Tech giant says the move follows ‘extreme back-up’ by some users, as it cuts its free cloud storage offer from 15GB to 5GB.
Microsoft is capping its unlimited OneDrive cloud storage service to one terabyte, saying a “small number” of users abused the plan.
The company said it would no longer offer unlimited storage to Office 365 Home, Personal or University subscribers, instead limiting these to one terabyte of storage.
It is also removing 100 GB and 200 GB paid plans for new users from early next year and will replace them with a 50 GB plan for a reduced fee, while the free storage option is being cut from 15GB to 5GB.
In a blog post, the company said: “Since we started to roll out unlimited cloud storage to Office 365 consumer subscribers, a small number of users backed up numerous PCs and stored entire movie collections and DVR recordings.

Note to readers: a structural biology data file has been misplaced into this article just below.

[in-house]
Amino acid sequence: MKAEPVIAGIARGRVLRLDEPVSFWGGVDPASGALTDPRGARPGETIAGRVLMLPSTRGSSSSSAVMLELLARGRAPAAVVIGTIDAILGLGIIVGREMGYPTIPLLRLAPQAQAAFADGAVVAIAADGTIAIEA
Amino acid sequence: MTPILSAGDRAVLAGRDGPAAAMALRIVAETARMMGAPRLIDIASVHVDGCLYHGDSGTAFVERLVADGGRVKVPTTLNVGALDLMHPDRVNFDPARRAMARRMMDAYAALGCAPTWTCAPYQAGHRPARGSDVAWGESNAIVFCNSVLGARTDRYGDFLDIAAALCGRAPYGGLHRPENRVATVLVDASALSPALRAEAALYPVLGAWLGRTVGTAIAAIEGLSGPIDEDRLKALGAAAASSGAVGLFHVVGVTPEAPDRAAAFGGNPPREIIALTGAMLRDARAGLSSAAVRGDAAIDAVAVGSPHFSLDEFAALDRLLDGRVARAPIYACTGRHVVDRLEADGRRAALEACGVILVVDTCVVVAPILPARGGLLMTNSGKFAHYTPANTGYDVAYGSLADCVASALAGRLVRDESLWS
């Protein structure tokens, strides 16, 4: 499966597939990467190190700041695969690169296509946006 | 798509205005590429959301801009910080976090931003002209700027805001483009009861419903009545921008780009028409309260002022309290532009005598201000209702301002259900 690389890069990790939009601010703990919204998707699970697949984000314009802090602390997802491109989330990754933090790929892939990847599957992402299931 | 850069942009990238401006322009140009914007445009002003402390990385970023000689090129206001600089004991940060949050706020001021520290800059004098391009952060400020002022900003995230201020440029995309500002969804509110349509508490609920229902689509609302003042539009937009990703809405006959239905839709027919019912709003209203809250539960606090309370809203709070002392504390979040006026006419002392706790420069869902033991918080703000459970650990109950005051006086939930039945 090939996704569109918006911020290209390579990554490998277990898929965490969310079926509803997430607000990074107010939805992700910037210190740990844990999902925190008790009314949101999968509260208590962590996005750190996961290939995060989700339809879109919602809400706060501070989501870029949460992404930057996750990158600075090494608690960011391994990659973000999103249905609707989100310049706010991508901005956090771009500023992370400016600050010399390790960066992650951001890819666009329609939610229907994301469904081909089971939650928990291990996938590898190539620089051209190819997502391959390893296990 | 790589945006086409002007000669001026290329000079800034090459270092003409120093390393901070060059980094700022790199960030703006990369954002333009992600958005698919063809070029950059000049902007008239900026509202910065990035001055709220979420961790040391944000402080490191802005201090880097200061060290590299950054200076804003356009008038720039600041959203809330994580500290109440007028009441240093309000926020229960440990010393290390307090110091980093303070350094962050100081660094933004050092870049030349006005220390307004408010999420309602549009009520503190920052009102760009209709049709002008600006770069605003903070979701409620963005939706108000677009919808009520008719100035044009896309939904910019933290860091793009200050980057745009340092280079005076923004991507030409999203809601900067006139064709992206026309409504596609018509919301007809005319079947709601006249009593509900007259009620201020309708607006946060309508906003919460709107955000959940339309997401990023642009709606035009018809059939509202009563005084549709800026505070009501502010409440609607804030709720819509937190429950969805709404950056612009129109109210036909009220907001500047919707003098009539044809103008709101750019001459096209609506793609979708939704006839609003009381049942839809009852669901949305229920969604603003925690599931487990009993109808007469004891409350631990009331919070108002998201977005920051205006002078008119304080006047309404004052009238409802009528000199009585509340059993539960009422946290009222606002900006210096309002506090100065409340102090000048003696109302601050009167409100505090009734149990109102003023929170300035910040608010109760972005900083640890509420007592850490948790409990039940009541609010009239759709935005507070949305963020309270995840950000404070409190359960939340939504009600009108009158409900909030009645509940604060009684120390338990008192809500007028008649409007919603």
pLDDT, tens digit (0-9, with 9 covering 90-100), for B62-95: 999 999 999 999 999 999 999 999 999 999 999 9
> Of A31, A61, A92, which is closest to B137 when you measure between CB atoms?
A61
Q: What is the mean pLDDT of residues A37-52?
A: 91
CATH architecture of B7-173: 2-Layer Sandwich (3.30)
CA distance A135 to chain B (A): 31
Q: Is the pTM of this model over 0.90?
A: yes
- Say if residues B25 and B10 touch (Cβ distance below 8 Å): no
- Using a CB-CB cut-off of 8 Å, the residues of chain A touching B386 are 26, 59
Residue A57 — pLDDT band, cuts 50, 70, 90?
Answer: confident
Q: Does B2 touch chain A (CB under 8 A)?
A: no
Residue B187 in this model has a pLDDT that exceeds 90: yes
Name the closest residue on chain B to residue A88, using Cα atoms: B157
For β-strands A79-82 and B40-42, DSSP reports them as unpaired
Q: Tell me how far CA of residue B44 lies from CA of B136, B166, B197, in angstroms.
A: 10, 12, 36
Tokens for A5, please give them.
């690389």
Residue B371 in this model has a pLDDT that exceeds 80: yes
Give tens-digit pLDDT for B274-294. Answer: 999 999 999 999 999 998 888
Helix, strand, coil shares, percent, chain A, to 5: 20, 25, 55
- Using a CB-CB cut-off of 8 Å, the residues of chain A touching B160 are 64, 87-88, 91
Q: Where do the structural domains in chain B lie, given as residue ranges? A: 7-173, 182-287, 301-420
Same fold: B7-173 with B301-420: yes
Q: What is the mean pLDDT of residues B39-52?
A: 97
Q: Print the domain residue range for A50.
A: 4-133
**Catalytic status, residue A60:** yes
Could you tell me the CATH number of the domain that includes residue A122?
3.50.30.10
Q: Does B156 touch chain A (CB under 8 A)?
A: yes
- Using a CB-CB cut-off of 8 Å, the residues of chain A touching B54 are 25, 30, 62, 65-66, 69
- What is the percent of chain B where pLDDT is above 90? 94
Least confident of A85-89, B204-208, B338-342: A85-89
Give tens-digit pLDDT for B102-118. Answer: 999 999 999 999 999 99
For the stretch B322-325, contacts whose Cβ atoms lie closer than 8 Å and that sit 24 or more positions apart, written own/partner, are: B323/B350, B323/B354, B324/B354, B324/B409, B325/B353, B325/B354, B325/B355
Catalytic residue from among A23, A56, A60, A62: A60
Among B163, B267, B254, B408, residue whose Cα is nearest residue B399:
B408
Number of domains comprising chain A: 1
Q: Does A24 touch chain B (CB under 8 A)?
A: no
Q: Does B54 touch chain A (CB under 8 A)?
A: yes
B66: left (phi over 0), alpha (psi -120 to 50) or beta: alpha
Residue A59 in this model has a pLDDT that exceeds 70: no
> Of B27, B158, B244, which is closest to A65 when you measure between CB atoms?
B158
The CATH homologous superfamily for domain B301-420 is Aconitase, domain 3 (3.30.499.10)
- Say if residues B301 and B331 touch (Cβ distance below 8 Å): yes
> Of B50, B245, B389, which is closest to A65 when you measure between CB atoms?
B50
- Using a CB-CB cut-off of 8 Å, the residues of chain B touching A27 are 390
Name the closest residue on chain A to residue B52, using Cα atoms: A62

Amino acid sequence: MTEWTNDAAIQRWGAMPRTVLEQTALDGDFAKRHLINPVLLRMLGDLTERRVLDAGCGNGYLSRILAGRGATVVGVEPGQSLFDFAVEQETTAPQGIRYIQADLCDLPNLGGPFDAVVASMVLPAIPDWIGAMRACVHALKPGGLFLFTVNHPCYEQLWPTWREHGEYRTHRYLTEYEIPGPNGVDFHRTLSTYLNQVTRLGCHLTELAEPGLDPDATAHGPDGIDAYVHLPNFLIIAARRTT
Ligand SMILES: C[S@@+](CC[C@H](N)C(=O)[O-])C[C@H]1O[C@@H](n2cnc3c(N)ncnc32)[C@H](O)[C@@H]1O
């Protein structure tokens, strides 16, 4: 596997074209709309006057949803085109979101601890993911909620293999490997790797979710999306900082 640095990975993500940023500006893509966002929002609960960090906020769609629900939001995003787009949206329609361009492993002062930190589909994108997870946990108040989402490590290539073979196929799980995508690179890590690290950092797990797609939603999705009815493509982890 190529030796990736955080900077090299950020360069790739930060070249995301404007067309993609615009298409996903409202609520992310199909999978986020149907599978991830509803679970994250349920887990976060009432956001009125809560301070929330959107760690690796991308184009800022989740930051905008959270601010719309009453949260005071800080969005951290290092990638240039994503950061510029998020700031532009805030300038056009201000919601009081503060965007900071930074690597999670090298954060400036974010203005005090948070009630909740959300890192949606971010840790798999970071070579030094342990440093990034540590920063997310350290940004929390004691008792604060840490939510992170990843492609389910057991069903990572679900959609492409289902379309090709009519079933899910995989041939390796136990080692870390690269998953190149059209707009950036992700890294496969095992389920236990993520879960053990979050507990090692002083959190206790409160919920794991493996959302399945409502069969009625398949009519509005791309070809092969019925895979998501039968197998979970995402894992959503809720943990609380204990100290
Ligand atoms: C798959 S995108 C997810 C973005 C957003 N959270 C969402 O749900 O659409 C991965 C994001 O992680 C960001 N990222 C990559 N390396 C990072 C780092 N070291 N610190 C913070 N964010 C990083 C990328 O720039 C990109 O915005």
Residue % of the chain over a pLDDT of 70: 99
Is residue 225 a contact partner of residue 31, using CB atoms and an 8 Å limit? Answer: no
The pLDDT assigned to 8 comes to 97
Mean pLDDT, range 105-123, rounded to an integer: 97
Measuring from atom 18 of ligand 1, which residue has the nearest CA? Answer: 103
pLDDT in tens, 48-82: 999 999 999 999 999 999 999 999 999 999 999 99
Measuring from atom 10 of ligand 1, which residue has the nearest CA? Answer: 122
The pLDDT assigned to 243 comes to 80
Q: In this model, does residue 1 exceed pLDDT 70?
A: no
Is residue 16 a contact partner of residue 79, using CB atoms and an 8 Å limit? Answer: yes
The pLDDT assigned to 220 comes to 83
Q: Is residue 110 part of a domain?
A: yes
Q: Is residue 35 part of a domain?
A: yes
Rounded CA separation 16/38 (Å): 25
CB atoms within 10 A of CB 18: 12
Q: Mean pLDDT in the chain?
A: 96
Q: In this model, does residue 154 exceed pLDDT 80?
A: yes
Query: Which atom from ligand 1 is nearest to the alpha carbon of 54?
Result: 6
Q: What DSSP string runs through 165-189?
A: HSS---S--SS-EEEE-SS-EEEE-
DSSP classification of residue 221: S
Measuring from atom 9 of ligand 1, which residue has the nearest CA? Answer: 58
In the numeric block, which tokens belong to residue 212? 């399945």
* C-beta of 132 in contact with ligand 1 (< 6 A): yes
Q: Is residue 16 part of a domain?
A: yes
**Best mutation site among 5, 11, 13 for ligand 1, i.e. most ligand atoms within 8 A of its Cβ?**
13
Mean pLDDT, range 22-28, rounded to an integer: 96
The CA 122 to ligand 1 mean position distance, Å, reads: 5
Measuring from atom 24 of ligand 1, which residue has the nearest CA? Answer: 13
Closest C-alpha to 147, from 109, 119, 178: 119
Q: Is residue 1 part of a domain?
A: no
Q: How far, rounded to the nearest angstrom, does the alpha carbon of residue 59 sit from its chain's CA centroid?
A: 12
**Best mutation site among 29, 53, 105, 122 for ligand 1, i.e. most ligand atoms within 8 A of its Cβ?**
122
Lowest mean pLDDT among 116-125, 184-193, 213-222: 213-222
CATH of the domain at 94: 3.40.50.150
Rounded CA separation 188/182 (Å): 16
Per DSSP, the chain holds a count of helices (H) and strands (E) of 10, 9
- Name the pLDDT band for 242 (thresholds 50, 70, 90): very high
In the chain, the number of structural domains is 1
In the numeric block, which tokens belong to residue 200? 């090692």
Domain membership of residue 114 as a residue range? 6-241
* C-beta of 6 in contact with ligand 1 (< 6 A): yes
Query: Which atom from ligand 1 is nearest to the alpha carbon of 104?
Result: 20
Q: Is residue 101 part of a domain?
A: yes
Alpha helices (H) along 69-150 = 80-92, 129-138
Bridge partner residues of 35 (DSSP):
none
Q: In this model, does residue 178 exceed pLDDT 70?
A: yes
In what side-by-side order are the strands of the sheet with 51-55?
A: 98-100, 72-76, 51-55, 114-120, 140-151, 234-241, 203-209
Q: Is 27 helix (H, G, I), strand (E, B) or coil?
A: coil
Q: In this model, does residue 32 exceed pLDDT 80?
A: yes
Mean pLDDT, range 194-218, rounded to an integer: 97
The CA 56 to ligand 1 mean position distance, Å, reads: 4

“In some instances, this exceeded 75 TB per user or 14,000 times the average.
“Instead of focusing on extreme back-up scenarios, we want to remain focused on delivering high-value productivity and collaboration experiences that benefit the majority of OneDrive users.”
Office 365 consumer subscribers who have stored more than one terabyte will be able to keep the increased storage for at least 12 months.
Those using more than 5 GB of free storage will continue to have access to all files for at least 12 months after the changes come into effect next year.
The company added: “OneDrive has always been designed to be more than basic file storage and backup.
“These changes are needed to ensure that we can continue to deliver a collaborative, connected, and intelligent service.”
The move follows Microsoft’s competitors moving to offer more storage for less. And of course, OneDrive users aren’t happy with the decision.